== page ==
New research takes us a step forward in the fight to understanding multiple sclerosis

Written by Francesca Lake, Future Science Group

Researchers from the University of Exeter (UK) and the University of Alberta (Canada) have discovered a cellular mechanism that could be a cause of multiple sclerosis (MS), and a potential future treatment target. The findings were recently published in the Journal of Neuroinflammation.
MS affects around 2.5 million people worldwide. Its cause has eluded researchers, resulting in a lack of treatments. The treatments that are available treat the symptoms of MS, which can include muscle spasms, mobility problems, pain, fatigue and problems with speech.

Endoplasmic reticulum (ER) stress is a hallmark of neurodegenerative diseases. However, it can manifest in a variety of ways, from impairment of the unfolded protein response to altered mitochondrial dynamics and apoptosis.

While these mechanisms are little understood, it is possible that the mitochondria-associated membrane (MAM), the contact between the ER and mitochondria, is involved. The current research saw the combination of clinical and laboratory experiments to clarify how mitochondria become defective in MS sufferers.

Studying human and mouse brain tissue, the group demonstrated that the protein Rab32 is abundant in the brains of those with MS and experimental autoimmune encephalomyelitis, but virtually absent from healthy brain cells. Rab32 is a known regulator of the MAM, mitochondrial dynamics and apoptosis.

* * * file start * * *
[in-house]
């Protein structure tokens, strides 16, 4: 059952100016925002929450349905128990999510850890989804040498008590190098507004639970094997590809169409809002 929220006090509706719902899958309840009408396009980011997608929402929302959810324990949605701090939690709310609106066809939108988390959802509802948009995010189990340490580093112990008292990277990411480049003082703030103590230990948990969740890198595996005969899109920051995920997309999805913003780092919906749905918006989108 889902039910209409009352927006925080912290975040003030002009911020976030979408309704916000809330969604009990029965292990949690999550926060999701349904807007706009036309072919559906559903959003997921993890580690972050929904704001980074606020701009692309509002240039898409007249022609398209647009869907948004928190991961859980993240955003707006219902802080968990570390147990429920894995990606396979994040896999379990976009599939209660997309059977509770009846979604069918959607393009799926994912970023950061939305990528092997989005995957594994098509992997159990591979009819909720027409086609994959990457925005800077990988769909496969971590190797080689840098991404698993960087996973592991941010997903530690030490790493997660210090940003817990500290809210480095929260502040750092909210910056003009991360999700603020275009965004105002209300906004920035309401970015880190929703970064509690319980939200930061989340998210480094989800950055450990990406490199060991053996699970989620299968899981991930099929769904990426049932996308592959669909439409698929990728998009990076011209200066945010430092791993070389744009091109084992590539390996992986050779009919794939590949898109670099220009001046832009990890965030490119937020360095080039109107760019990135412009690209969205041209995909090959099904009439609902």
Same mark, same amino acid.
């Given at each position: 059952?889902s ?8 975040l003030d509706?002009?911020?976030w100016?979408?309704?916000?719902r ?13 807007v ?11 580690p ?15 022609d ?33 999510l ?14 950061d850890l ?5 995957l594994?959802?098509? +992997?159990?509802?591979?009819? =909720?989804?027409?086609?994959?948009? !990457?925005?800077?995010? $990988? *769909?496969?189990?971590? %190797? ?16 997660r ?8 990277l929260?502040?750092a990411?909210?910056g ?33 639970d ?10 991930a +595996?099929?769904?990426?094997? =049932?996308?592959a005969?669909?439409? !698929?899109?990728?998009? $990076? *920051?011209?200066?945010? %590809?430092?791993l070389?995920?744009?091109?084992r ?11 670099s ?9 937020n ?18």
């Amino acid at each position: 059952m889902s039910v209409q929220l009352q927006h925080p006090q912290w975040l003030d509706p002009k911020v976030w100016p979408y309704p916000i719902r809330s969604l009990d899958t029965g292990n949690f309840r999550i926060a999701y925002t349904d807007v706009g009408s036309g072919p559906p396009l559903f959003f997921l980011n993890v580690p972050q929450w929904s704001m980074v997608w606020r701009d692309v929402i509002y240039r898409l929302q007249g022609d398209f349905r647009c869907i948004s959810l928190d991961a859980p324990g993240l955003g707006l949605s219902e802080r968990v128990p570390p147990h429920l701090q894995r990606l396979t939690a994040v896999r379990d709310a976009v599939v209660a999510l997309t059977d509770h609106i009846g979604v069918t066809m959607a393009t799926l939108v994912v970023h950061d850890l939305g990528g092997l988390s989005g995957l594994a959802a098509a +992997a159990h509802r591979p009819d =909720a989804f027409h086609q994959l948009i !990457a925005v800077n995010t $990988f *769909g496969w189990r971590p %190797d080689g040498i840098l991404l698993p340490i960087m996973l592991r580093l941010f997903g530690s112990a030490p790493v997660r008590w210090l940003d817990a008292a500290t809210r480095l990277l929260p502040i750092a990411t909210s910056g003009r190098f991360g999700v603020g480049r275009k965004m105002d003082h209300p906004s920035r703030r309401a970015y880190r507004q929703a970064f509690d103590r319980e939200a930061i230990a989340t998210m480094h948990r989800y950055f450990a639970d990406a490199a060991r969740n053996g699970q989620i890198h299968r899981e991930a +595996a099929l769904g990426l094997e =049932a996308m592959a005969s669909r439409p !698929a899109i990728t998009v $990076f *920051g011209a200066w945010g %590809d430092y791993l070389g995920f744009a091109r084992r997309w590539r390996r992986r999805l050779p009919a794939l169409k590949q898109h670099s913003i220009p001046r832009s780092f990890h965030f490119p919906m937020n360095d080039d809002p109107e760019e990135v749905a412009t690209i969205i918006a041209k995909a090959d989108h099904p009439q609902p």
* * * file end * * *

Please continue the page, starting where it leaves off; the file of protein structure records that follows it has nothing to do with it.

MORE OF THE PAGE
They went on to demonstrate that, in the presence of Rab32, miscommunication between the endoplasmic reticulum and mitochondria results in toxicity. “High Rab32 expression shortens neurite length, alters mitochondria morphology and accelerates apoptosis/necroptosis of human primary neurons and cell lines,” noted the authors.

While the cause of Rab32 influx is yet to be elucidated, these findings highlight Rab32 as a potential treatment target. “Our exciting new findings have uncovered a new avenue for researchers to explore. It is a critical step, and in time, we hope it might lead to effective new treatments for MS,” commented Paul Eggleton, one of the study authors (University of Exeter).

The team hopes future research will be able to investigate whether inhibition of Rab32 in inflamed CNS could inhibit neurodegeneration.

Sources: Haile Y, Deng X, Ortiz-Sandoval C et al. Rab32 connects ER stress to mitochondrial defects in multiple sclerosis J. Neuroinflammation 14(1), 29 (2017); http://www.exeter.ac.uk/news/research/title_578807_en.html